Mississippi State fired Joe Moorhead after two years. Who are the possible candidates to replace him?
No pressure, college football coaches. WIN NOW … or else.
The college football coaching world has truly gone crazy with its expectations and demands for head coaches.
Willie Taggart couldn’t even get two years in at Florida State.
Matt Luke at Ole Miss and Barry Odom at Missouri each guided their teams through NCAA sanctions at places they’re perfect for, and were launched.
And the Chad Morris rebuild at Arkansas ended before it could set any sort of foundation.
And now Mississippi State is done with the Joe Moorhead experience – and is willing to pay him at least $4 million to go away.
Fantastic at Fordham and great as the Penn State offensive coordinator, Moorhead’s 2018 MSU team put up one of the best defenses in the country on the way to an 8-5 season, but this year’s version went 6-7, got whacked around by Louisville in the Music City Bowl, and worst of all …
Lane Kiffin was hired by Ole Miss.
Moorhead went 14-12, but the offense never got going like it was supposed to – it was just two years to get the pieces in place, remember – and yeah, losing a second straight bowl game was a problem.
But who would possibly want this job?
Who wants to deal with Alabama, LSU, Auburn, Texas A&M, and the rest of the SEC every year, and yeah, who want to deal with Kiffin?
Kiffin is going to have the fun program with the spotlight on it at all times now. Mississippi State? It can take that away by winning, but again …
Alabama, LSU, Auburn, Texas A&M.
Here are five Mississippi State coaching candidates who athletic director John Cohen will at least need to think about.
5. Gene Chizik, former Auburn and Iowa State head coach
He’s only on this list because he’s one of the first names that’s been popping up any time a mid-level SEC job is open.
He hasn’t coached since 2012 after Auburn went 3-9, and it would be sort of odd considering the Cam Newton controversy of 2010 was somewhat associated with Mississippi State – at least in terms of the storyline – but again he’s a name with a national title on the resumé. He’s not going to get the job, but he’ll be on everyone else’s list of coaching candidates.
4. Joe Judge, New England special teams coach
But does he want to go deal with the college world and take on Mississippi State when he’s a name being thrown around for bigger and better things in the NFL?
Judge wouldn’t have the brand name, but he’s a Mississippi State graduate who quickly rose up the ranks as a key assist at Alabama and then New England. Just 37, he’s a bright young talent who’ll be brought in for interviews for open pro gigs, but he’s never been a coordinator much less a head coach.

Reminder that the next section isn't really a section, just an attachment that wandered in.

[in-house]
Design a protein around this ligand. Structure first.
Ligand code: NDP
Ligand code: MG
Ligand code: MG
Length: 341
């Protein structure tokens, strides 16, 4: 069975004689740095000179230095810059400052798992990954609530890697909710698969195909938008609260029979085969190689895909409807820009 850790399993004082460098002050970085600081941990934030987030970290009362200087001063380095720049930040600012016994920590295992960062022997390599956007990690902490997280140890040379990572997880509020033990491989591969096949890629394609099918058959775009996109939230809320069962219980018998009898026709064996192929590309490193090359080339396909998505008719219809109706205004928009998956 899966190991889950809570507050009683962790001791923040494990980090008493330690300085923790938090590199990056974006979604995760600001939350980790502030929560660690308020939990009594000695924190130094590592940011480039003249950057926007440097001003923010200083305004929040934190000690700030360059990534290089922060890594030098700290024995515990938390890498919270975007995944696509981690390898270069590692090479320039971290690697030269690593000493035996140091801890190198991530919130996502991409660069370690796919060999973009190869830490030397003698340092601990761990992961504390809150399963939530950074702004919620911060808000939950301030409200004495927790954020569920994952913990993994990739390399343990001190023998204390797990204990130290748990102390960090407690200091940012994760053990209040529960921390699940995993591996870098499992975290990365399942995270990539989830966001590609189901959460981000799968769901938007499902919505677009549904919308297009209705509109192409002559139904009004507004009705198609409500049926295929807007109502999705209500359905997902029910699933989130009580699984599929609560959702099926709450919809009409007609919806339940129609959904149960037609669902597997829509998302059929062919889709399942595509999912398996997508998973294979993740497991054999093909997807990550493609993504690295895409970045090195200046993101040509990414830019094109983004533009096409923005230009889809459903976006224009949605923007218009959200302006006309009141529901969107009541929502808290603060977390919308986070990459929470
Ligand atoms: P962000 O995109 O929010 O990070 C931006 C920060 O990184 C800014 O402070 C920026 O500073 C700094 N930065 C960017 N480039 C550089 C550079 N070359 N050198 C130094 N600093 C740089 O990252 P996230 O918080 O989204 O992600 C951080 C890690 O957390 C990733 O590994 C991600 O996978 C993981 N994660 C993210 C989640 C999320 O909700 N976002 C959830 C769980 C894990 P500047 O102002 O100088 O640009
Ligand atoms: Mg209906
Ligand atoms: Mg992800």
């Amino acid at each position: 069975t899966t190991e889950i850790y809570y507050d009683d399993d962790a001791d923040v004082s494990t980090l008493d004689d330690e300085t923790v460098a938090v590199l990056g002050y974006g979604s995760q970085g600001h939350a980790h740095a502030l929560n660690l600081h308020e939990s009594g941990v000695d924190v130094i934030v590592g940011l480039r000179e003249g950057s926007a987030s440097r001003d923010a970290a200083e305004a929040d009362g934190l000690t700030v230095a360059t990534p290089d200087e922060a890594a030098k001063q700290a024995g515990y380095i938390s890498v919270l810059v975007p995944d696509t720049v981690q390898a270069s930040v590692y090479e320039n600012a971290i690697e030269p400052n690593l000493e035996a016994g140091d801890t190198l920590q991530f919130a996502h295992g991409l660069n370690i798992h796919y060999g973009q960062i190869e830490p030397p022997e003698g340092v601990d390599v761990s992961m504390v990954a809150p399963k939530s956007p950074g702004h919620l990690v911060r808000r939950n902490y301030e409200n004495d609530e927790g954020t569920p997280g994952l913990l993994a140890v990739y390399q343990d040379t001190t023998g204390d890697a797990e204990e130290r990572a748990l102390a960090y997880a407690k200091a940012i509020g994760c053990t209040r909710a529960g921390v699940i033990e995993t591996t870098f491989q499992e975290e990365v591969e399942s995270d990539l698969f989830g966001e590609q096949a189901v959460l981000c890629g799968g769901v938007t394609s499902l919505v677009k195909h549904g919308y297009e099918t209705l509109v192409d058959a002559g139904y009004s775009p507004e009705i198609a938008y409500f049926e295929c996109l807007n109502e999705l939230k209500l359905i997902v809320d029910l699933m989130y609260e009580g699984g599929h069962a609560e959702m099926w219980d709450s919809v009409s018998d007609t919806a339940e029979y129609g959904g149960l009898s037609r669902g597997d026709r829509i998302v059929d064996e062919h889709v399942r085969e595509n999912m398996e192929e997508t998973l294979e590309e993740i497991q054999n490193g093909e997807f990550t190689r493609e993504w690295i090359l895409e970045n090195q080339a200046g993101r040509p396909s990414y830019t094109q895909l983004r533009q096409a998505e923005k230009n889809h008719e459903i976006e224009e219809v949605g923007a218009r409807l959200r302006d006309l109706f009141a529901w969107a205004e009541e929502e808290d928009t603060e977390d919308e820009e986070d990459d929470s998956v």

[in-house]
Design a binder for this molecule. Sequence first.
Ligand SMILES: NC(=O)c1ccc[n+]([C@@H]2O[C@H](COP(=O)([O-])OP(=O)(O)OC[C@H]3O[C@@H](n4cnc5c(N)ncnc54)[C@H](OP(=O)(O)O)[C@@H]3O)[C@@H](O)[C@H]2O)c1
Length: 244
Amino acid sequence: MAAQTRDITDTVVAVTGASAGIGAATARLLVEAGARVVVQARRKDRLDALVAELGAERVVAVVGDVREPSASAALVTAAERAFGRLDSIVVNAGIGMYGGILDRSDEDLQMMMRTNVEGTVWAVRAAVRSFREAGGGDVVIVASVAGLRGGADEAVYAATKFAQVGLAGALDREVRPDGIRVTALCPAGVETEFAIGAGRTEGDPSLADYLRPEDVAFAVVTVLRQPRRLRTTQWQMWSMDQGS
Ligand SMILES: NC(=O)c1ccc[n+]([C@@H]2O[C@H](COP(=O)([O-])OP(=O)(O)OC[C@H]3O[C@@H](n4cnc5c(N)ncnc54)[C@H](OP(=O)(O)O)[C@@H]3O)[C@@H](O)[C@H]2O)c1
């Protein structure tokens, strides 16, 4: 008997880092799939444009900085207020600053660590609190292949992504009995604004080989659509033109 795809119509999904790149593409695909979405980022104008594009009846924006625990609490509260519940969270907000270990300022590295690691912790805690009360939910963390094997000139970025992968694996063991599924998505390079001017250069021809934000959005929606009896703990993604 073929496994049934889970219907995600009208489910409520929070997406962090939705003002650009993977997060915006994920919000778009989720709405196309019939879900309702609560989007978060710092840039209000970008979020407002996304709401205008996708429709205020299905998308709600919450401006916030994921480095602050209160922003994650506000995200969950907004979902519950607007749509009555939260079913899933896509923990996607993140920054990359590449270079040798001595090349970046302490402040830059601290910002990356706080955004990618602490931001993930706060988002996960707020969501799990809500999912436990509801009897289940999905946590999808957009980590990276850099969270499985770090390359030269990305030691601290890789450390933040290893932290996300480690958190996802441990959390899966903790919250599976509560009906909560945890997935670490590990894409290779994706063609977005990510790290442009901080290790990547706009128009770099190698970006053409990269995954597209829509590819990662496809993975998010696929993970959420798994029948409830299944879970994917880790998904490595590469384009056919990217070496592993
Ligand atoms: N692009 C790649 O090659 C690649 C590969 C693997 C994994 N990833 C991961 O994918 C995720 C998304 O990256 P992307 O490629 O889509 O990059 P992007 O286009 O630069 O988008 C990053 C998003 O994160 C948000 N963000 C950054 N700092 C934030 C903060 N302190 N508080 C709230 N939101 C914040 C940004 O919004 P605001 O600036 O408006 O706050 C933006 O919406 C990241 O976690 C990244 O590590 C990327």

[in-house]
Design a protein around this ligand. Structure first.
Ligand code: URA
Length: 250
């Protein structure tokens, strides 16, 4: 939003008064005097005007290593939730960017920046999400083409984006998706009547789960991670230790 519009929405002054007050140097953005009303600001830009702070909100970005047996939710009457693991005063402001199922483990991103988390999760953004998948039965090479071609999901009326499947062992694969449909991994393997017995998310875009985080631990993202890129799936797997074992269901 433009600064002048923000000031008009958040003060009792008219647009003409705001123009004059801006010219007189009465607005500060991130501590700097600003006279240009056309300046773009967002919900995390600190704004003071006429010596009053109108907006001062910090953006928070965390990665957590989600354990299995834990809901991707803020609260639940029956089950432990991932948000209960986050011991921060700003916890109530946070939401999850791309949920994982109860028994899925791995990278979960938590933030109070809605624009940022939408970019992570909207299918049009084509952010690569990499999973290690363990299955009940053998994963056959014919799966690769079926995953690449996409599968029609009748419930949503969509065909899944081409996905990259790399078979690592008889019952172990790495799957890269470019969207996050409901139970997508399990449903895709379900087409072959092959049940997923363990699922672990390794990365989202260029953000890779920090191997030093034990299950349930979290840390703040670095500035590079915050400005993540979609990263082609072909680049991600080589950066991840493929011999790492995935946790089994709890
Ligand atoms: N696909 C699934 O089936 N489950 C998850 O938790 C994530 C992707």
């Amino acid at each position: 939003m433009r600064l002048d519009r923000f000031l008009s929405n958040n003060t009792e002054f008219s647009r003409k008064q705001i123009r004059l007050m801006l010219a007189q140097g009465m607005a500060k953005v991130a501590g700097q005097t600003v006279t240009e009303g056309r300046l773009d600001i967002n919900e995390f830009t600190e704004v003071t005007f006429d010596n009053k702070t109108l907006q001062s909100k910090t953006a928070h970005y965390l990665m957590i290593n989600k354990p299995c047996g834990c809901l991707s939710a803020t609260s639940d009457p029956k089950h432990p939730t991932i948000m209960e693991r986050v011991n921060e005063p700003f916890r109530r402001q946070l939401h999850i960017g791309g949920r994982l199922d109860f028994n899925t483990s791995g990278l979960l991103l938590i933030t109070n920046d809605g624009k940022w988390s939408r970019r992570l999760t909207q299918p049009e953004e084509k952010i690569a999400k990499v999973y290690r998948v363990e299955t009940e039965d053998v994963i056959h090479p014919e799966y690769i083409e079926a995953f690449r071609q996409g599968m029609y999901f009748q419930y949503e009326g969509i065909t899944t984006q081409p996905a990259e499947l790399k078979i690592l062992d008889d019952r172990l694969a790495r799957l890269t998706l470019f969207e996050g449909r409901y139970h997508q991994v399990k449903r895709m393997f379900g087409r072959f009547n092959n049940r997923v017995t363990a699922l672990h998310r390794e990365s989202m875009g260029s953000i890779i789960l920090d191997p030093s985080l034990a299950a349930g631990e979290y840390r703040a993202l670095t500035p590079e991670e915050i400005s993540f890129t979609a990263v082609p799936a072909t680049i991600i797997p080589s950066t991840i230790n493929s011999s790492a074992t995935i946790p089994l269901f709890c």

3. Willie Fritz, Tulane head coach
The scheme, the scheme, the scheme.
Known mostly for his option offenses at Georgia Southern, he tweaked and adapted to his personnel at Tulane and turned it into a solid winner with two straight bowl appearances.
He does have a losing record in his four seasons at the helm, but he was fantastic at Sam Houston State, great at Georgia Southern, and he might be the one who can take the offensive style of Dan Mullen – and what Moorhead was supposed to do – and make it all work.
2. Mike Leach, Washington State head coach
Who’s the ONE guy out there who can out-Kiffin, Lane Kiffin?
Leach might be full of gas, he’s not as funny as people make him out to be, and he doesn’t really win big things – coming off a Cheez-It Bowl loss to Air Force for his fourth losing season in eight years at Wazzu – but …
Oh, would this make football in Mississippi a whole lot of fun – it would be Ground Zero for the media between the state’s two main head football coaches.
And yes, his passing game would be one of the few schemes that could and would throw a scare into the SEC big boys on a regular basis.
1. Billy Napier, Louisiana-Lafayette head coach
I’ve had him at or near the top of just about everyone open coaching job for the last year, and this one might be it.
His Ragin’ Cajun offense has been fantastic over the last two years, with a spread style that Moorhead tried to use, only much faster and more effective.
He would tweak, though, at MSU.
His running game was sixth in the nation, but he was workin with the personnel in place. The ability is there to pivot to more of a passing game – he was the offensive coordinator at Arizona State before taking this gig – at a place like MSU.
Just 40 and with some SEC experience as Nick Saban’s wide receiver coach for four years, he’s ready.